As an architect, H. P. Berlage (1856-1934) created a series of buildings that witnessed the gestation and birth of architectural Modernism. As an architectural philosopher, he created a body of writings that probed the problems and possibilities of this new style. But whereas his Amsterdam Stock Exchange, with its rational mastery of materials and space, has long been celebrated as a seminal influence on the
architecture of the new century, Berlage's passionate and equally influential writings on architecture have often been neglected. Berlage's principal texts are brought together here in English translation for the first time. The critical introduction by Iain Boyd Whyte demonstrates that one corpus of work cannot be understood without the other: Berlage's writings inform his architecture to the same extent that his buildings reflect his aesthetic deliberations.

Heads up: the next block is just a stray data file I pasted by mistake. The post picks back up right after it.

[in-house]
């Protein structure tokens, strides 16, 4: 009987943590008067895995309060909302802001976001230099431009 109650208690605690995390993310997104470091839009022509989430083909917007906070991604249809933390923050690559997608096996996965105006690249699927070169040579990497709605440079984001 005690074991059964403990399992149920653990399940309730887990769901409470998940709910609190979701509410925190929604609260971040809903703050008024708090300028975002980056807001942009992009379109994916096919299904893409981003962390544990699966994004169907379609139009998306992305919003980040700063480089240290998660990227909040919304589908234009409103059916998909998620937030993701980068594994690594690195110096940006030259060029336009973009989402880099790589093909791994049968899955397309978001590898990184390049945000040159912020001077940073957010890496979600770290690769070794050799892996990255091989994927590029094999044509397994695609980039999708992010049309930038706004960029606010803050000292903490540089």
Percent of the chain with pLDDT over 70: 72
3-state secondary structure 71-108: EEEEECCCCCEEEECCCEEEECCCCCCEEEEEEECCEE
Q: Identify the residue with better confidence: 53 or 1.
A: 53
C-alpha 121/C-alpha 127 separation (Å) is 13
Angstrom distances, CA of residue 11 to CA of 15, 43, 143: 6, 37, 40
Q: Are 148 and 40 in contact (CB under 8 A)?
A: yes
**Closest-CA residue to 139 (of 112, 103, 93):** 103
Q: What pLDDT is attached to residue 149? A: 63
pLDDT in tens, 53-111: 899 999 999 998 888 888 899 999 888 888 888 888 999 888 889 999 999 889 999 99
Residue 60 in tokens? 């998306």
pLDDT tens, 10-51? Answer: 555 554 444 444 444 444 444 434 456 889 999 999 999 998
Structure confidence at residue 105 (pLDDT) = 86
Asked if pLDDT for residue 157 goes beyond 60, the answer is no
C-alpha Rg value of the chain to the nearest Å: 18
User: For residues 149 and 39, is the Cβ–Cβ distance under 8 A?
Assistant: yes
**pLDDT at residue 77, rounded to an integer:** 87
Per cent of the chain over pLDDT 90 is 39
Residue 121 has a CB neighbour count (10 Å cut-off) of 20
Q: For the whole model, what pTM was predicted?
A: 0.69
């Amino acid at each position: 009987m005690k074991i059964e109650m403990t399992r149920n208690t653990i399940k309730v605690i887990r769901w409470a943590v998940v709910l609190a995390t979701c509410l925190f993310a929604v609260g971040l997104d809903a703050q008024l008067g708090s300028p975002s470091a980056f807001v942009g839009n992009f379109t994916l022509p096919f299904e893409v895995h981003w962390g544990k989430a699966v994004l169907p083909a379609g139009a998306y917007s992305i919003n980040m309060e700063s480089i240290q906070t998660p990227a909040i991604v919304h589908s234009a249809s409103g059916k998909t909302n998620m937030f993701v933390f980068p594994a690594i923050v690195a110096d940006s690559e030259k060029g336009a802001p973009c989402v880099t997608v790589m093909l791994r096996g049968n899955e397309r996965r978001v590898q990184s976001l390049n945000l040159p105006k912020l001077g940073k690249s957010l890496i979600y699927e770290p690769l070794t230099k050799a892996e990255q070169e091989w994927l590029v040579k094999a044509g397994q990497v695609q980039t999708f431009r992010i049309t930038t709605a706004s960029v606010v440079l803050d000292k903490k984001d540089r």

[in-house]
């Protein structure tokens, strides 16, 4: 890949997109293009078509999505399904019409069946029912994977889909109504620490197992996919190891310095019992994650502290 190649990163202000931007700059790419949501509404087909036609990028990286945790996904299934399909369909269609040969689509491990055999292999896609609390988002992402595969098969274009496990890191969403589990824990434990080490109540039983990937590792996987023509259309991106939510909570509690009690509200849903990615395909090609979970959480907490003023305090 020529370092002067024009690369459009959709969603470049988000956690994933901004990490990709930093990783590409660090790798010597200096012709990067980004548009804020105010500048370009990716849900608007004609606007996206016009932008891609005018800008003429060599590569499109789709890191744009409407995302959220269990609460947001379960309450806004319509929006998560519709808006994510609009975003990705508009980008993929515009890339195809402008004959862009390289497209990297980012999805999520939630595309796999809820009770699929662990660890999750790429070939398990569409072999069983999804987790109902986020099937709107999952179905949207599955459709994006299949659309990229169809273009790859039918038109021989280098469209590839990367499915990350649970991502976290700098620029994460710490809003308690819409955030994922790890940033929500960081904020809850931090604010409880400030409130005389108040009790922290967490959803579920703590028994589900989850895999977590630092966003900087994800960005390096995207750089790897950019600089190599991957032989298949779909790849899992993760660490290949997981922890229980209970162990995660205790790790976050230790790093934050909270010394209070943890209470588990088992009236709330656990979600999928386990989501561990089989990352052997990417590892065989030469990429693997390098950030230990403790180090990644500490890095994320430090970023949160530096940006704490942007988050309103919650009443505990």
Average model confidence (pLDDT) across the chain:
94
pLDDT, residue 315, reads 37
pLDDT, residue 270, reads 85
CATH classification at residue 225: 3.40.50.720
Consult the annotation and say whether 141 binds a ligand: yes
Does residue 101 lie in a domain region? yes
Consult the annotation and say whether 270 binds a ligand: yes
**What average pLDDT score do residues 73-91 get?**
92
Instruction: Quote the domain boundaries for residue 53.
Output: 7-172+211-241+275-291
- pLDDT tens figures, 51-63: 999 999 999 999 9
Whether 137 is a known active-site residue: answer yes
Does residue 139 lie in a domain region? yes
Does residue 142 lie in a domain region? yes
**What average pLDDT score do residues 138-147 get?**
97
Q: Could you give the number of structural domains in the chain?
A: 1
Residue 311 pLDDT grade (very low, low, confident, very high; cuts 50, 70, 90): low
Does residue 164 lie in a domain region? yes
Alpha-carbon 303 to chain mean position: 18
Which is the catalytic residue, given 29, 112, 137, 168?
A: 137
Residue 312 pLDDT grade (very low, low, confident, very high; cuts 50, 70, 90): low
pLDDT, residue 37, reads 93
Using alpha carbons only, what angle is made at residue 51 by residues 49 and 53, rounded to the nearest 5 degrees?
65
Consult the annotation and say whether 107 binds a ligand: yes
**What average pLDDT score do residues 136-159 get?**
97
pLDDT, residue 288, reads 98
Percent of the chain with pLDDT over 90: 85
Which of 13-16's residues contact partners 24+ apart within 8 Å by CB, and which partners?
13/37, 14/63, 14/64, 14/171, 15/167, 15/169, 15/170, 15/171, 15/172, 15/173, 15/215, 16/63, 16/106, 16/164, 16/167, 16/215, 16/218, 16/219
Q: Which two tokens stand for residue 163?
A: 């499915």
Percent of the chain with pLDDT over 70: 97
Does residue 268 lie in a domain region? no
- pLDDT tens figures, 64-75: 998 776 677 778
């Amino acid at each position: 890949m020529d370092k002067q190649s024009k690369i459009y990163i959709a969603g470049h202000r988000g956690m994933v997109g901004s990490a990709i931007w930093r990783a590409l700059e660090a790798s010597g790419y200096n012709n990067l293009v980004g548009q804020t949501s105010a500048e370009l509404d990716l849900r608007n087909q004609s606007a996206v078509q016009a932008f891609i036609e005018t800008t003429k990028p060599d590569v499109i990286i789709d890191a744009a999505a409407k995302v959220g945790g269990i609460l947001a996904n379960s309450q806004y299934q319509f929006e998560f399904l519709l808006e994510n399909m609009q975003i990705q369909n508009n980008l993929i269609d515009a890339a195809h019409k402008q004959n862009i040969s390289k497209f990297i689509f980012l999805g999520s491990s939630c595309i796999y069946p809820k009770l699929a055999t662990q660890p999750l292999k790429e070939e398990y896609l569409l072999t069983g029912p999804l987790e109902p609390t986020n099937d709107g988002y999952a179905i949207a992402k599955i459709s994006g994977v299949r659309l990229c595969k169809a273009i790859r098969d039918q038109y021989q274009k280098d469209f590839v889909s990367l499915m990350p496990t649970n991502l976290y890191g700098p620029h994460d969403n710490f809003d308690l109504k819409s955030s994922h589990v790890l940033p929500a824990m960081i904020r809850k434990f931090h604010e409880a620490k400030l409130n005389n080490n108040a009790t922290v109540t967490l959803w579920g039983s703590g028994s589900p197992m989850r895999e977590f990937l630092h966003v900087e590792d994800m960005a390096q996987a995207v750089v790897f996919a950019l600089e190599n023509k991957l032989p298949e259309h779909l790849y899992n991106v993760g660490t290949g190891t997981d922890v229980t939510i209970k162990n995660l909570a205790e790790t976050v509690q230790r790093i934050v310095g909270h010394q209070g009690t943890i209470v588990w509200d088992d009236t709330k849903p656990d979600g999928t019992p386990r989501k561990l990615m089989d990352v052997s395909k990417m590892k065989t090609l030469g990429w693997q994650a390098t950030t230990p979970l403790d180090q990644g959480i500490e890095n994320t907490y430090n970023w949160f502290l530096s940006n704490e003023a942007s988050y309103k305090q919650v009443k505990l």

Iain Boyd Whyte is professor of architectural history and theory at the University of Edinburgh. His publications include Bruno Taut and the Architecture of Activism and Emil Hoppe, Marcel Kammerer, Otto Schönthal: Three Architects from the Master Class of Otto Wagner.
Wim de Wit is head of special collections at the Getty Research Institute. He is the editor of The Amsterdam
School: Dutch Expressionist Architecture, 1915-1930 and Louis Sullivan: The Function of Ornament.
This title is out of print. Please look for it at your local libraries and/or used bookstores.
Series: Texts & Documents